The world has a new United Nations high commissioner for human rights, a job that comes with built-in controversy. Right at the start, Secretary General Ban Ki-moon’s choice for the post, Navanethem Pillay, a South African judge now sitting on the International Criminal Court, seems to have caught a lot of people off guard and provoked some unexpected reactions.
Pillay, 67, is something of a star among international legal experts but was not widely known outside her home country, the UN and the war crimes tribunals and courts in The Hague and elsewhere. Beholden to no major human rights organizations, she was criticized by some in the field for not being “accessible” to that community or a more outspoken rights advocate. (She counters that was not her role as a judge.) In Washington, where the Bush Administration seems to have been prodded into a last-minute scramble to try to derail the appointment, it was discovered that she was–gasp!–a feminist.
That Secretary General Ban held firm to his choice in the face of US anxiety, if not actual opposition, is both interesting and important. By one measure, his ability to proceed with this appointment after nearly a week’s delay may reflect a diminution of American clout within the always politicized UN system, especially in the area of human rights. The Bush Administration not only refused to join the recently created Human Rights Council, but also worked actively to undermine the International Criminal Court, even removing the United States from the list of signers of the treaty that created it. And then there is Guantánamo, a target of criticism by the Canadian Judge Louise Arbour, who was Pillay’s predecessor as human rights commissioner. Ban’s steadfastness may also indicate that at this moment of multiple crises on that continent, Africa–not only South Africa but also the larger African Union–cannot be trifled with. Africa, which strongly supported Ban’s election as secretary general, may have trumped US concerns. That’s something of a watershed. Will Ban, thought by many diplomats to be too close to Washington, be emboldened to open a little more distance?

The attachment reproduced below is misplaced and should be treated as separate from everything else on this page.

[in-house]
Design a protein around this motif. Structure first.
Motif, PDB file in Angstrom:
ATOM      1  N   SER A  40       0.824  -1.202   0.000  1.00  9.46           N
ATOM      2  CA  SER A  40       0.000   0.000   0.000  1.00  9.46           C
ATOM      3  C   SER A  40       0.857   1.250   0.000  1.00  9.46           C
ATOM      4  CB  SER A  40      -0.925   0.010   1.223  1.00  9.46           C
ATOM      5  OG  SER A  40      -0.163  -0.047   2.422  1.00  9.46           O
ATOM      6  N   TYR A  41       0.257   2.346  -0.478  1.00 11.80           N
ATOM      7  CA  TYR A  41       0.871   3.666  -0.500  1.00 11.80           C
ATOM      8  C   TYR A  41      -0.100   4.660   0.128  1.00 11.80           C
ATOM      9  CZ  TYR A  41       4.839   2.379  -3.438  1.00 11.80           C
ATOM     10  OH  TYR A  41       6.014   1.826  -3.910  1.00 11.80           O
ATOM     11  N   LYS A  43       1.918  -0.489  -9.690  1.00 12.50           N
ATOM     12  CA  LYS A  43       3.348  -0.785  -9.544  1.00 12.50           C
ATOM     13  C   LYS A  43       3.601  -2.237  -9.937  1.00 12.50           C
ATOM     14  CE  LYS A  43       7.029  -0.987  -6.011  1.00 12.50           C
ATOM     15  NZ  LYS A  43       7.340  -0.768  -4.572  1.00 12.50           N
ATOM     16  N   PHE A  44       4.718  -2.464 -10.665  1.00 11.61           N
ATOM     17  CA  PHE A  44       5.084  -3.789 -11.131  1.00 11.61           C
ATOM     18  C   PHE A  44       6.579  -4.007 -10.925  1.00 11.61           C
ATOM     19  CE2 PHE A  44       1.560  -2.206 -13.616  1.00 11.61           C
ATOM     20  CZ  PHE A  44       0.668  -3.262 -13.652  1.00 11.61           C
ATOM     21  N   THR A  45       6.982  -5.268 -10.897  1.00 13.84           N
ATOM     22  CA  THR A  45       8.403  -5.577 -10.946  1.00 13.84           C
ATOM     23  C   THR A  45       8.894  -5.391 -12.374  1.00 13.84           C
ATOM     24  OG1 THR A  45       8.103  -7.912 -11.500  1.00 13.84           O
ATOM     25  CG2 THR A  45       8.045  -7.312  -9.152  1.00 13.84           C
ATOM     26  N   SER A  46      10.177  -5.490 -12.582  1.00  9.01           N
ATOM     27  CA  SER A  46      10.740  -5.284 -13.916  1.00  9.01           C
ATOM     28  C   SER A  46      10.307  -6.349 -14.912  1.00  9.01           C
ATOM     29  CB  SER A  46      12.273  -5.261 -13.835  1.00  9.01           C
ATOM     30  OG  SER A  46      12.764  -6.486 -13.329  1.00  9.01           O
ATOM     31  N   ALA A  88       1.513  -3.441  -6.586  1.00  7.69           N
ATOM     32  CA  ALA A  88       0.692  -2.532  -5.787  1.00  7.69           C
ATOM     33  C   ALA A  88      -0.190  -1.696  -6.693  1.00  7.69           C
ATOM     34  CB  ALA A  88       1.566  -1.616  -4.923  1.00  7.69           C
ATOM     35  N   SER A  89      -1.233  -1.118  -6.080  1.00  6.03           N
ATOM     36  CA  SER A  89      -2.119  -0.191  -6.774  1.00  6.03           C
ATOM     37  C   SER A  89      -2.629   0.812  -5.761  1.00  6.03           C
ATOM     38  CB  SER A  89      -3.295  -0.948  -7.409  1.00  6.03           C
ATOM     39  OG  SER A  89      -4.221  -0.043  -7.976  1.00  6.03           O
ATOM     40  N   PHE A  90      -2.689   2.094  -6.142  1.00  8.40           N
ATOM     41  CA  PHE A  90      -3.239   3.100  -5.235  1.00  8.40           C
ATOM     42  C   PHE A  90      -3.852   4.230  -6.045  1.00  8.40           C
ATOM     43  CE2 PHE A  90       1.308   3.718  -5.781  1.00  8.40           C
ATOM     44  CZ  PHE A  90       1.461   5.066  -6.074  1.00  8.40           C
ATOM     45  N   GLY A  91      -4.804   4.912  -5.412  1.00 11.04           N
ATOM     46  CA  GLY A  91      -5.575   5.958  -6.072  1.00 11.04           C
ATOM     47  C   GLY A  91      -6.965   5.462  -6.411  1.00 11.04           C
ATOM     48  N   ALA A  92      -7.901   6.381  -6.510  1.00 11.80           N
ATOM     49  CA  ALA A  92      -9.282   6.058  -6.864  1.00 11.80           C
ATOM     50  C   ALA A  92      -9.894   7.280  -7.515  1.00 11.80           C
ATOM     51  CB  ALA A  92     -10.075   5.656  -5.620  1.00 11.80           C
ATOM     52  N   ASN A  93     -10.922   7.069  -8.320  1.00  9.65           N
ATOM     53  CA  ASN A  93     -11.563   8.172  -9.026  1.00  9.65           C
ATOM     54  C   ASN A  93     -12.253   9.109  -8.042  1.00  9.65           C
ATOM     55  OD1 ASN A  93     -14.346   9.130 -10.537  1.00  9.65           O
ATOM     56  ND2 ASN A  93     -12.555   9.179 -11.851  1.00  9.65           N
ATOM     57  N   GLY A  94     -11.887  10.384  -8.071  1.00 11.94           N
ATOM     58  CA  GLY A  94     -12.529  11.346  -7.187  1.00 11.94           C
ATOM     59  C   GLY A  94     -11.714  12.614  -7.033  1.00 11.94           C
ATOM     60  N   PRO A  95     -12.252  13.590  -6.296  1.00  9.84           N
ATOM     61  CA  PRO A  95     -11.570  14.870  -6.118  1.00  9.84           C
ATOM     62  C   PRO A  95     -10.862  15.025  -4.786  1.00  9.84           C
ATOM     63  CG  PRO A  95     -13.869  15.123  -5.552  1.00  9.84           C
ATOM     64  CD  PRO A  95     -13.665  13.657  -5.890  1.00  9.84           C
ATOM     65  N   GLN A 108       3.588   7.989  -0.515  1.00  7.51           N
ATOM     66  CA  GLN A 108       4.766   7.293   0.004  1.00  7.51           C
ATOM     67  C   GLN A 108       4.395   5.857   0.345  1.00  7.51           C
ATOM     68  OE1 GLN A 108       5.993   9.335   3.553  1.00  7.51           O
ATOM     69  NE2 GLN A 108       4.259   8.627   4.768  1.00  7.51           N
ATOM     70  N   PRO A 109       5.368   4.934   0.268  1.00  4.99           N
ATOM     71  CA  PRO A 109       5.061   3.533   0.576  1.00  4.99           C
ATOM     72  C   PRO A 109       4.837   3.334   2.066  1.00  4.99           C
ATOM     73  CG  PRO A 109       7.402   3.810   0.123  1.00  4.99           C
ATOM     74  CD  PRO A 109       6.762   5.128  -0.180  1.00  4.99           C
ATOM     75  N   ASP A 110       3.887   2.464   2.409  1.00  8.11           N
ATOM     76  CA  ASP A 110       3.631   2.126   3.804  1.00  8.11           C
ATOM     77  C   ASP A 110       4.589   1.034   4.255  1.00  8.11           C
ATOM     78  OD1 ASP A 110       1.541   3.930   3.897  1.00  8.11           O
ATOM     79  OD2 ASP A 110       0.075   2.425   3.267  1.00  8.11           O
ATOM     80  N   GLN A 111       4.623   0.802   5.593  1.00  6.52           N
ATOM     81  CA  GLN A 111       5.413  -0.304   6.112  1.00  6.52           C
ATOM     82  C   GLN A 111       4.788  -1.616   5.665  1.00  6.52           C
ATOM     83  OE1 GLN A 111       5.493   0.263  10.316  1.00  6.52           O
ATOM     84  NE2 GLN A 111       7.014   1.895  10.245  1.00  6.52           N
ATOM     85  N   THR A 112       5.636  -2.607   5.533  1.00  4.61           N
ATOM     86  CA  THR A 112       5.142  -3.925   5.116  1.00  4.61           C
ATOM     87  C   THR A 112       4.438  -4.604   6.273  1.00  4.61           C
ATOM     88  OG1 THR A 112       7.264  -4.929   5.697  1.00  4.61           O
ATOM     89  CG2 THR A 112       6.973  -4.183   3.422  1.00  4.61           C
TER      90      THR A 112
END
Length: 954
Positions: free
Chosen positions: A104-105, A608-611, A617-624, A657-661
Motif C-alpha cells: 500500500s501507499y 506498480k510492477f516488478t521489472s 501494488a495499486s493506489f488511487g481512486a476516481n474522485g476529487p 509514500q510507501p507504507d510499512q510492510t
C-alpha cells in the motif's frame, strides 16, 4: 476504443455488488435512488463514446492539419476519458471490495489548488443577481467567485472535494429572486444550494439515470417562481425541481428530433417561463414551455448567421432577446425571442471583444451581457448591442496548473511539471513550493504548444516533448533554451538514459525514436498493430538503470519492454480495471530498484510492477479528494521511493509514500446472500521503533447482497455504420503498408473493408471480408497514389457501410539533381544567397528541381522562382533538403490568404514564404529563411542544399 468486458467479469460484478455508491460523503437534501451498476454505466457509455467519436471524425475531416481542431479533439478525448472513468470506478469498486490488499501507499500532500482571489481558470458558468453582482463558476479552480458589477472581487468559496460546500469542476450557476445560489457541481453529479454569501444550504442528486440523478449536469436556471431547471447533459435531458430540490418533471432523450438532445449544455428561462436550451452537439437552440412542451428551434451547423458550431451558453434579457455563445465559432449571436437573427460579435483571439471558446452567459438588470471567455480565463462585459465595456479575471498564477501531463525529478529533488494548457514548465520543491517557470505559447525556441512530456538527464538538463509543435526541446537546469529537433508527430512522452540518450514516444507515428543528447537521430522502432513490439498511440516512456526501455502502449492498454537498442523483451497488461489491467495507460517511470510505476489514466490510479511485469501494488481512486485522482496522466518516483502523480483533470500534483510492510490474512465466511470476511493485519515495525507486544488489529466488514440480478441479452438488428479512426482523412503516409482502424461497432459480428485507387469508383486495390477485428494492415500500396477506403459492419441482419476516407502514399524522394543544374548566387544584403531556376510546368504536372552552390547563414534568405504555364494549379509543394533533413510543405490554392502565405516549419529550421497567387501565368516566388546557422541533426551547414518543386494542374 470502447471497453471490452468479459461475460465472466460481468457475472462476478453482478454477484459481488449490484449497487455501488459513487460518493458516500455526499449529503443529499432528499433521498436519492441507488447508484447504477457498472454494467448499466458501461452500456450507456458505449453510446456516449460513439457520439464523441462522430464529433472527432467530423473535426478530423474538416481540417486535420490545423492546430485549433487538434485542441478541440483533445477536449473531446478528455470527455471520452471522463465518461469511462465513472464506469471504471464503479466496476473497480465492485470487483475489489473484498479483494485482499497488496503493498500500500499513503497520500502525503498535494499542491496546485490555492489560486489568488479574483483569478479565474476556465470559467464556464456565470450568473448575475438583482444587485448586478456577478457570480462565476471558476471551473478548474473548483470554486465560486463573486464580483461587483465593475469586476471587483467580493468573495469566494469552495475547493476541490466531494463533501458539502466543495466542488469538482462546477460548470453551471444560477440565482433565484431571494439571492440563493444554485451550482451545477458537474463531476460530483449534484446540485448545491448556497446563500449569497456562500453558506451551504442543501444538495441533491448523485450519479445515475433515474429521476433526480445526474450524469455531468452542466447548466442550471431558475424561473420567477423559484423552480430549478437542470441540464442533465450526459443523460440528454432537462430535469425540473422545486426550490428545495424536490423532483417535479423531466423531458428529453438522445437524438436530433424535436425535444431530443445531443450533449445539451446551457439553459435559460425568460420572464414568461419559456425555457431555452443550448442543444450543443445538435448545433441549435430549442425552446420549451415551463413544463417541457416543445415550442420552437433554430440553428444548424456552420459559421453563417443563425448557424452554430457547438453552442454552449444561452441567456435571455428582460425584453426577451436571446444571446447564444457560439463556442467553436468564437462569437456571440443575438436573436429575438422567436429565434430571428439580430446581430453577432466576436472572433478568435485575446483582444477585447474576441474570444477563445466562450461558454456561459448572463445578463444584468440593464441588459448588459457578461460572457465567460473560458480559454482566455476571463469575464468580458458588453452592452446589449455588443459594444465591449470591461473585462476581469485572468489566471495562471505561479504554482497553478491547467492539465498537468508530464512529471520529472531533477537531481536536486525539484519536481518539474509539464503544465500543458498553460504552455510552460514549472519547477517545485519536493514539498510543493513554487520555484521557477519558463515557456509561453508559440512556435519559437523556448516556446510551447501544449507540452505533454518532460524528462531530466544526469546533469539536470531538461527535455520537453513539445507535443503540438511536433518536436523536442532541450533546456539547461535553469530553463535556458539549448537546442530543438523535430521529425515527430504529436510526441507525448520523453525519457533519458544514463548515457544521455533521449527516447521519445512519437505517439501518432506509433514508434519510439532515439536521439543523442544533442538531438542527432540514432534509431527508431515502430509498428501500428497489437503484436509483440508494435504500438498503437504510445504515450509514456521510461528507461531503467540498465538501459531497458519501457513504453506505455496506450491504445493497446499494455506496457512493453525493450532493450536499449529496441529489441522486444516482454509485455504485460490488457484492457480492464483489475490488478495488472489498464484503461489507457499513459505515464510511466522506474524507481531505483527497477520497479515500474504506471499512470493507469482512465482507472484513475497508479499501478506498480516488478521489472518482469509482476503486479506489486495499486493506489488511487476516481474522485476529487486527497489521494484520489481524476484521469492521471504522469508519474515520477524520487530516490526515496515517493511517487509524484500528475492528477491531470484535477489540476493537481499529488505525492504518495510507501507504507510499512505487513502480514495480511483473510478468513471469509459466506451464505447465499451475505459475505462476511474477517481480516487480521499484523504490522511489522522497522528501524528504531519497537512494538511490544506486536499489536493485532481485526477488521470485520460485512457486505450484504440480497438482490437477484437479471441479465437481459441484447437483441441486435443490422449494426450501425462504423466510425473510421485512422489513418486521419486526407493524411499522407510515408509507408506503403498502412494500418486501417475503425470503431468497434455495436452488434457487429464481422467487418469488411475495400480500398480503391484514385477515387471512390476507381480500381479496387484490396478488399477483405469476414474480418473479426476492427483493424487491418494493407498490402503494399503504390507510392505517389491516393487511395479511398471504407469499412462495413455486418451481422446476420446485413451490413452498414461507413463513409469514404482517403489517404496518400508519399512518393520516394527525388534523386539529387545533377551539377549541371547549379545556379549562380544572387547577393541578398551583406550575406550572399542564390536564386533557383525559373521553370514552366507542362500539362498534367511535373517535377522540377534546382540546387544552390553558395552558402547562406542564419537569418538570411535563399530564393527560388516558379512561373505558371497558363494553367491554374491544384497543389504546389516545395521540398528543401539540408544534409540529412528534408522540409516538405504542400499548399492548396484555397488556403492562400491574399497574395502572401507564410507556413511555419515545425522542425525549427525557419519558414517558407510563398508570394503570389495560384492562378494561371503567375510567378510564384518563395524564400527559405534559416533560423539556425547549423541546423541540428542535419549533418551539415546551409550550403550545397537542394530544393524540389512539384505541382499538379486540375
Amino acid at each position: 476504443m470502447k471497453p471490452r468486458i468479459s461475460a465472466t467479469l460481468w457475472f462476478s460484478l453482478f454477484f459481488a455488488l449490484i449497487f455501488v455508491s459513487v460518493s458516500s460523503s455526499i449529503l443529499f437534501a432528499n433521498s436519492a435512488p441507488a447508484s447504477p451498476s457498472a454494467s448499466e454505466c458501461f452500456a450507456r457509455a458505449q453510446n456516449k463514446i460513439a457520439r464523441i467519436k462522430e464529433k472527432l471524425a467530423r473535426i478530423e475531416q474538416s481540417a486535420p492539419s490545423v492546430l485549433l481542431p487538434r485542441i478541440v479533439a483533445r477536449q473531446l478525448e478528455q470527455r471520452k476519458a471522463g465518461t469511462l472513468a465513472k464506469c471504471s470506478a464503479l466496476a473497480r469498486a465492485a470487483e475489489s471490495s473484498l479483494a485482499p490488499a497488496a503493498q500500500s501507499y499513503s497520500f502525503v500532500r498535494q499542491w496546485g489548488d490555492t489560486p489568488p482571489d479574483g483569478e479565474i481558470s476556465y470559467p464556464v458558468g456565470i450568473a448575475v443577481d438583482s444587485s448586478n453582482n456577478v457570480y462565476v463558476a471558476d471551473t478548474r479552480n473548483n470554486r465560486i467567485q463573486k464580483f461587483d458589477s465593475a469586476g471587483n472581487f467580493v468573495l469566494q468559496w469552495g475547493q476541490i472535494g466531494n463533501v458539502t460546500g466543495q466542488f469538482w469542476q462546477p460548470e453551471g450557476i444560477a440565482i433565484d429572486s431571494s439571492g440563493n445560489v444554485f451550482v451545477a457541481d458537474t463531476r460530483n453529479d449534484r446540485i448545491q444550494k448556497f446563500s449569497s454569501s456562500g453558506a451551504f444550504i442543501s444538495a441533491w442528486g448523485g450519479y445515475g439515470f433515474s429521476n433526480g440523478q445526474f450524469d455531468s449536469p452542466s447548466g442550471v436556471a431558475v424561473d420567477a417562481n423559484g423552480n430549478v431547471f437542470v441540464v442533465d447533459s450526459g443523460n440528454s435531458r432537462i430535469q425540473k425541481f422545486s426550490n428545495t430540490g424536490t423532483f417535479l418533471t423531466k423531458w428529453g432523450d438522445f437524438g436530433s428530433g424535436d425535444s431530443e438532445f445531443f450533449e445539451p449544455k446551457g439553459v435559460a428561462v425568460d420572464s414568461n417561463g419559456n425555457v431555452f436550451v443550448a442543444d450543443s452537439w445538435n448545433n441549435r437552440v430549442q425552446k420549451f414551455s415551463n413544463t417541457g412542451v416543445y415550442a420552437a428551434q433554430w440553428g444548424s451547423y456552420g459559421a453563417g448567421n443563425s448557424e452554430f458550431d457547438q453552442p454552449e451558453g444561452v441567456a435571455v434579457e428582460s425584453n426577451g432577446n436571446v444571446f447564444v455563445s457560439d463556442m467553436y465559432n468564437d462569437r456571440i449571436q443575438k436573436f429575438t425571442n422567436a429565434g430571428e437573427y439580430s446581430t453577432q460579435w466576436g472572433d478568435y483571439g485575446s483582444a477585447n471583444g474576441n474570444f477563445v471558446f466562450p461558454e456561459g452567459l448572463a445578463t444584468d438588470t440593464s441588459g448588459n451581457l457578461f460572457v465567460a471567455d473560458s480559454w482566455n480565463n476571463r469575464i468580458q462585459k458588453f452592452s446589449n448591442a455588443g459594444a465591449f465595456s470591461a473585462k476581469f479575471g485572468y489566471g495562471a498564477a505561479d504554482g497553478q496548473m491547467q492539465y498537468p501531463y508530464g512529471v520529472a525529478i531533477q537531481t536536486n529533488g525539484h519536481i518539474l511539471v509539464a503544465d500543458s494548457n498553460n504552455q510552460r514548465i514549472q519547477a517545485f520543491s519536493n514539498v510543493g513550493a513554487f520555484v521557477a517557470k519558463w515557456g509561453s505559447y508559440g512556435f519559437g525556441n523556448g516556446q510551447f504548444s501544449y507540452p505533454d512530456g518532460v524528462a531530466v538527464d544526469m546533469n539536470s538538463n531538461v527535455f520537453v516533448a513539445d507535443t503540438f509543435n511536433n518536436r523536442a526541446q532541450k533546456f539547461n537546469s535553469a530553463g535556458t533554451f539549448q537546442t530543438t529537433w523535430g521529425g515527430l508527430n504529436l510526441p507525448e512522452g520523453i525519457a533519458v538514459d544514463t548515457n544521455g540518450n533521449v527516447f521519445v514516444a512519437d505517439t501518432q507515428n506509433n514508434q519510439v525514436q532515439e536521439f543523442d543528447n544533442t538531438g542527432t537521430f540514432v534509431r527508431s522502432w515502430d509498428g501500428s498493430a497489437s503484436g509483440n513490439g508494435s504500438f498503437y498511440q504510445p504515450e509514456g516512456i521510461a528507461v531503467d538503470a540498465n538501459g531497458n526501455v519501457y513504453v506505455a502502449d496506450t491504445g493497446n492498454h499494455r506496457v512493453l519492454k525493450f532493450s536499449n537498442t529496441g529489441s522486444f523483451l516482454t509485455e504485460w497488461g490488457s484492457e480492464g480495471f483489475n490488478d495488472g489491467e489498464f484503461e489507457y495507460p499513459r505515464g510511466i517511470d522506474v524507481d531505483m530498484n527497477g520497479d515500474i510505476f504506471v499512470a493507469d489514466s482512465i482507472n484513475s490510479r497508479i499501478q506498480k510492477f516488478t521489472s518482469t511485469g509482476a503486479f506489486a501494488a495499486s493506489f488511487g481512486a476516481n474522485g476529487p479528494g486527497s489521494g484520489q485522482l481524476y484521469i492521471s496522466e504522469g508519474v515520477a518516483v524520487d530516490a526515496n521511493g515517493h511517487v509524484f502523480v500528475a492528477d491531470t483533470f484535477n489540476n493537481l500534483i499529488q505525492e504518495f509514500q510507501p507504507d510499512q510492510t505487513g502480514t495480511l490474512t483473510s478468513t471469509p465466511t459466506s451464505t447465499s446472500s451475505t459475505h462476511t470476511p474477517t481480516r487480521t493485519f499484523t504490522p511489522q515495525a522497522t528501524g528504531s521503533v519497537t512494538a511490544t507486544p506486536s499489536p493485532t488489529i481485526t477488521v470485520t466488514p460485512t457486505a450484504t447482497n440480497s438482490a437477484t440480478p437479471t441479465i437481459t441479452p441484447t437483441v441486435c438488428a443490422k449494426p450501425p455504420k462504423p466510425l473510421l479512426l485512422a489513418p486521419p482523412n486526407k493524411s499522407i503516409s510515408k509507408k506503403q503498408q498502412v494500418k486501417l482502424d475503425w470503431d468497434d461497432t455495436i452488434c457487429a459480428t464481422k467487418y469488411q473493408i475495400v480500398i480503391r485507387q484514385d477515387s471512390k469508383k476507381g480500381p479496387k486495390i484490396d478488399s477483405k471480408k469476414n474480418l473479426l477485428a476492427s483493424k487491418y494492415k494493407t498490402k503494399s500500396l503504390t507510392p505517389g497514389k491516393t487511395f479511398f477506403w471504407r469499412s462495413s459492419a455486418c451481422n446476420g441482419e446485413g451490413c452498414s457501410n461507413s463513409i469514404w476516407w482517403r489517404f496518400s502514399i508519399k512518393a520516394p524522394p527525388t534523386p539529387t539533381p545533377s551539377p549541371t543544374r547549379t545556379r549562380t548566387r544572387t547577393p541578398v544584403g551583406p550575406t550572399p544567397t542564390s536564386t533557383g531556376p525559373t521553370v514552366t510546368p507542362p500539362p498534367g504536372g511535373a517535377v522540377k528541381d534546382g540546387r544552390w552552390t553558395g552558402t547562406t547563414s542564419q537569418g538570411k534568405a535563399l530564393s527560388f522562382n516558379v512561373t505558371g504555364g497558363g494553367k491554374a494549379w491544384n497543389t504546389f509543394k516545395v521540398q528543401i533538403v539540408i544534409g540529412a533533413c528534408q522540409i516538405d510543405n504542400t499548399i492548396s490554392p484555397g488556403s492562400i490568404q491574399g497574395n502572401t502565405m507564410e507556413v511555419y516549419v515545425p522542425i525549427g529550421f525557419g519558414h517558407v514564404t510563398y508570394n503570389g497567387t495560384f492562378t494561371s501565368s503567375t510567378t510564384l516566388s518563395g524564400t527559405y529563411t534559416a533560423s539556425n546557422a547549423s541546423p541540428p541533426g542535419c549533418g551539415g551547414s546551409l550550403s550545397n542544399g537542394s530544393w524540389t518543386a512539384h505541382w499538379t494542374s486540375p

Various reports have indicated that Washington’s concern was that Pillay was the candidate of President Thabo Mbeki of South Africa and as such she might share his unwillingness to take a strong position against Robert Mugabe’s Zimbabwe, Omar al-Bashir of Sudan or other renegades. That seems unlikely, given her track record for independence. But the real snag in the White House may have been the campaign waged by the anti-abortion lobby, with the Catholic Family and Human Rights Institute at the forefront. Somewhere along the line the anti-abortionists appear to have “discovered” that Pillay was a co-founder of Equality Now, a New York-based nongovernmental organization that helps women around the world learn about and fight for their rights. The organization has played a leading role in supporting local African women’s campaigns against female genital mutilation and has battled successfully to stop sex tourism in New York, among other projects. It is not known as a pro-abortion lobby.